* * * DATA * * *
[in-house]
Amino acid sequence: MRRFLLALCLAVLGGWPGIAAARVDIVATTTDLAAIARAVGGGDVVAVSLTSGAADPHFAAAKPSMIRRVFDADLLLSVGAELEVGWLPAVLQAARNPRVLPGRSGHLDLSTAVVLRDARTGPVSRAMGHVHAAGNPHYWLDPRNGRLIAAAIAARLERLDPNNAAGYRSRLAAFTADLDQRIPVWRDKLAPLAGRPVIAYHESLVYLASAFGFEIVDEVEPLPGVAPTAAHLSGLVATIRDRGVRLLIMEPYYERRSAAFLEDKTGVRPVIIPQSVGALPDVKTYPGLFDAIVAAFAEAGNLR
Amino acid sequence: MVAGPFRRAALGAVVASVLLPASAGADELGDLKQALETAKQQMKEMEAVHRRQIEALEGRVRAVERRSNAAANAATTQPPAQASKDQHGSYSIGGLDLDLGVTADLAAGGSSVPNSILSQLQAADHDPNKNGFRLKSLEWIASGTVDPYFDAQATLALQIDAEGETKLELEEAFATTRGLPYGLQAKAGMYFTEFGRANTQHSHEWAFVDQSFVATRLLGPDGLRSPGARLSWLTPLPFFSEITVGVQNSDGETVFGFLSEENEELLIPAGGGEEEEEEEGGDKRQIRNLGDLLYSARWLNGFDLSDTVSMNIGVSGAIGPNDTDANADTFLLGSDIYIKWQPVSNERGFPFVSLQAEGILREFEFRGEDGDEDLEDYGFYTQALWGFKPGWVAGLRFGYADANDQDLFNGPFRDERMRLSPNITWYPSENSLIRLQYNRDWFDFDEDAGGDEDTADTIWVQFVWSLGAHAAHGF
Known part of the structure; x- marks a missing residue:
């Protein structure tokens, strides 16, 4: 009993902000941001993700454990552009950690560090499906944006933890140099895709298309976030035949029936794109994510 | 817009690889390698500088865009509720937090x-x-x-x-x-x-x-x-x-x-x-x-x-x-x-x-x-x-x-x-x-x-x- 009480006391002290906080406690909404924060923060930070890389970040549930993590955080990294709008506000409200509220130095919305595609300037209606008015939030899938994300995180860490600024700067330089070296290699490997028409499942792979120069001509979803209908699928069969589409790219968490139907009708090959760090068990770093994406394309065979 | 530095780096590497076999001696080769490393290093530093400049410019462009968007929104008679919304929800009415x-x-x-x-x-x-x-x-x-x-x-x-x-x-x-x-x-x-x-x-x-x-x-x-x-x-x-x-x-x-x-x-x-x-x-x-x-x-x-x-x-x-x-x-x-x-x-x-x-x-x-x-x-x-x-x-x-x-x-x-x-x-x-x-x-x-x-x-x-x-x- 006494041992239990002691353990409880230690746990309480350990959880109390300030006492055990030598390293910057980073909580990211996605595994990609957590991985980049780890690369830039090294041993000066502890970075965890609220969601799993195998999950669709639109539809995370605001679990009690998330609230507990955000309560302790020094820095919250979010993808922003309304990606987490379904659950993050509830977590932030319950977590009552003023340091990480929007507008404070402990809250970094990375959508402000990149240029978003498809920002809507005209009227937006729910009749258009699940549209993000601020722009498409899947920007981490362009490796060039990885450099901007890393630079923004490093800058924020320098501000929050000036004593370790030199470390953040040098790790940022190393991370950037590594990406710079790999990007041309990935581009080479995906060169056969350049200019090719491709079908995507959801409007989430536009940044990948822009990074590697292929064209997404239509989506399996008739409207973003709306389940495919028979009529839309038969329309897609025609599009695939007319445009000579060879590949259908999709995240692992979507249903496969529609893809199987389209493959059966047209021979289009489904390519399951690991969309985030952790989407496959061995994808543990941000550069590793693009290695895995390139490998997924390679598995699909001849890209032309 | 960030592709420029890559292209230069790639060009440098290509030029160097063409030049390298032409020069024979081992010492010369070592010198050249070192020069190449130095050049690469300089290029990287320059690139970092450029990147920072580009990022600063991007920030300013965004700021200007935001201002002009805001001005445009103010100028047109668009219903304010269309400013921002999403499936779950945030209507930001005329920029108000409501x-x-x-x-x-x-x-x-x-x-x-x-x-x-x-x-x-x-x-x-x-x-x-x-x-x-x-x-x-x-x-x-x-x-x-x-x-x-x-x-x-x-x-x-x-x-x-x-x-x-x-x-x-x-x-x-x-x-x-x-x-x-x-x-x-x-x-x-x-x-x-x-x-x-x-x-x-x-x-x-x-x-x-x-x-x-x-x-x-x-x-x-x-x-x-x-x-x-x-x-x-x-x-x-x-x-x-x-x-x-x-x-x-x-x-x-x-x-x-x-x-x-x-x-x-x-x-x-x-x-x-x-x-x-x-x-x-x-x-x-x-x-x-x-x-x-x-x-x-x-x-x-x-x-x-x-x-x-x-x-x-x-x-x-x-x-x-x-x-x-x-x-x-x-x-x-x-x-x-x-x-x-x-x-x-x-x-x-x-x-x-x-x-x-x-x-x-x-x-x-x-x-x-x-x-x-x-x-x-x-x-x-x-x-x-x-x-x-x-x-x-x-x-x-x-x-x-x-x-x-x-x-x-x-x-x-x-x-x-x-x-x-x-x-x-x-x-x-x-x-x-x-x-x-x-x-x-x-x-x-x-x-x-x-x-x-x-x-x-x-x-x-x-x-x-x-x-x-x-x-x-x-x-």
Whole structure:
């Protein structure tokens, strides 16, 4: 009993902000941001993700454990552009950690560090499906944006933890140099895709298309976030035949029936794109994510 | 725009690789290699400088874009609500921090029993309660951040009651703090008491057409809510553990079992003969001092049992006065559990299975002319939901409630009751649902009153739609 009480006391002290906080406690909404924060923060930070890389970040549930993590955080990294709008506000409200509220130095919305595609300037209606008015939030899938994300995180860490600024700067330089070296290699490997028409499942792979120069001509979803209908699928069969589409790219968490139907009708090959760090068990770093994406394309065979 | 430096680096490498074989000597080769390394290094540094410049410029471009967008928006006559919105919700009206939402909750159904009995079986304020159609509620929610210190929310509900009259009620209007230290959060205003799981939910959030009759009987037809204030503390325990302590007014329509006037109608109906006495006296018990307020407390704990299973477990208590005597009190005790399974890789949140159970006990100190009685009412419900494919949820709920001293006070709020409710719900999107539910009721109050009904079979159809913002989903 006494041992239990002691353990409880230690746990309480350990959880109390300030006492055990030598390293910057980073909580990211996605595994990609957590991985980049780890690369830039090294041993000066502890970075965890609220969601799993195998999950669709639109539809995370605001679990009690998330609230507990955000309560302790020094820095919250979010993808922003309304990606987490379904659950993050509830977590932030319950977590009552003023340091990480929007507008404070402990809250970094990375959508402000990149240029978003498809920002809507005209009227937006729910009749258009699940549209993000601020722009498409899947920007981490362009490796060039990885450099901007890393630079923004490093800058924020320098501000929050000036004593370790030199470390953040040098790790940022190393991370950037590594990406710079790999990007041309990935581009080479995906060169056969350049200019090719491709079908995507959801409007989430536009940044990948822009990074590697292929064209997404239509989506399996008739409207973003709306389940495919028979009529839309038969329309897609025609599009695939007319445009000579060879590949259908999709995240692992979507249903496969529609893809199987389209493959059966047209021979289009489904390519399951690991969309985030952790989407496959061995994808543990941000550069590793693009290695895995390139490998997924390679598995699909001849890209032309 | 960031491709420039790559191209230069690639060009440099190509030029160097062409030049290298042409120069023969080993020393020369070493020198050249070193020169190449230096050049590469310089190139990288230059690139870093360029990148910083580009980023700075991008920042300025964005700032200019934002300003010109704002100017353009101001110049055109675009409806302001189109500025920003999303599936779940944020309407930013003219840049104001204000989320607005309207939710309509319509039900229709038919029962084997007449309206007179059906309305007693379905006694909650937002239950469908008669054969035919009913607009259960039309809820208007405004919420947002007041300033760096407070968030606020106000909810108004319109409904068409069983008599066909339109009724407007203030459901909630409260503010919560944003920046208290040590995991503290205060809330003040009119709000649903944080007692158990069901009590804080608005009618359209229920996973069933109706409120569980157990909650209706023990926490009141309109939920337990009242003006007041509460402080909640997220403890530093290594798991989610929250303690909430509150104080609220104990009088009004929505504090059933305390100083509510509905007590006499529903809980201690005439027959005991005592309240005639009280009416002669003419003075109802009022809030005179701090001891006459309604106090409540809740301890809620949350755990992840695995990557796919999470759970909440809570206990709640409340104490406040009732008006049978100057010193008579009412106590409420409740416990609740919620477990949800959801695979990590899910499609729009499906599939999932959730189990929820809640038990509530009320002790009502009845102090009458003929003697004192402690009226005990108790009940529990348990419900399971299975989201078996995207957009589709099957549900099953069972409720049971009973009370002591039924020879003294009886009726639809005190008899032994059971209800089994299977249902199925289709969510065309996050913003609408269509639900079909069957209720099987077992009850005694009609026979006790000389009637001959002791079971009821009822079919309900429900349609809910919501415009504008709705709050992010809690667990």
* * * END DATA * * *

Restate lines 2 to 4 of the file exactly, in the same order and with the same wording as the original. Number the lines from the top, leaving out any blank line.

Amino acid sequence: MRRFLLALCLAVLGGWPGIAAARVDIVATTTDLAAIARAVGGGDVVAVSLTSGAADPHFAAAKPSMIRRVFDADLLLSVGAELEVGWLPAVLQAARNPRVLPGRSGHLDLSTAVVLRDARTGPVSRAMGHVHAAGNPHYWLDPRNGRLIAAAIAARLERLDPNNAAGYRSRLAAFTADLDQRIPVWRDKLAPLAGRPVIAYHESLVYLASAFGFEIVDEVEPLPGVAPTAAHLSGLVATIRDRGVRLLIMEPYYERRSAAFLEDKTGVRPVIIPQSVGALPDVKTYPGLFDAIVAAFAEAGNLR
Amino acid sequence: MVAGPFRRAALGAVVASVLLPASAGADELGDLKQALETAKQQMKEMEAVHRRQIEALEGRVRAVERRSNAAANAATTQPPAQASKDQHGSYSIGGLDLDLGVTADLAAGGSSVPNSILSQLQAADHDPNKNGFRLKSLEWIASGTVDPYFDAQATLALQIDAEGETKLELEEAFATTRGLPYGLQAKAGMYFTEFGRANTQHSHEWAFVDQSFVATRLLGPDGLRSPGARLSWLTPLPFFSEITVGVQNSDGETVFGFLSEENEELLIPAGGGEEEEEEEGGDKRQIRNLGDLLYSARWLNGFDLSDTVSMNIGVSGAIGPNDTDANADTFLLGSDIYIKWQPVSNERGFPFVSLQAEGILREFEFRGEDGDEDLEDYGFYTQALWGFKPGWVAGLRFGYADANDQDLFNGPFRDERMRLSPNITWYPSENSLIRLQYNRDWFDFDEDAGGDEDTADTIWVQFVWSLGAHAAHGF
Known part of the structure; x- marks a missing residue: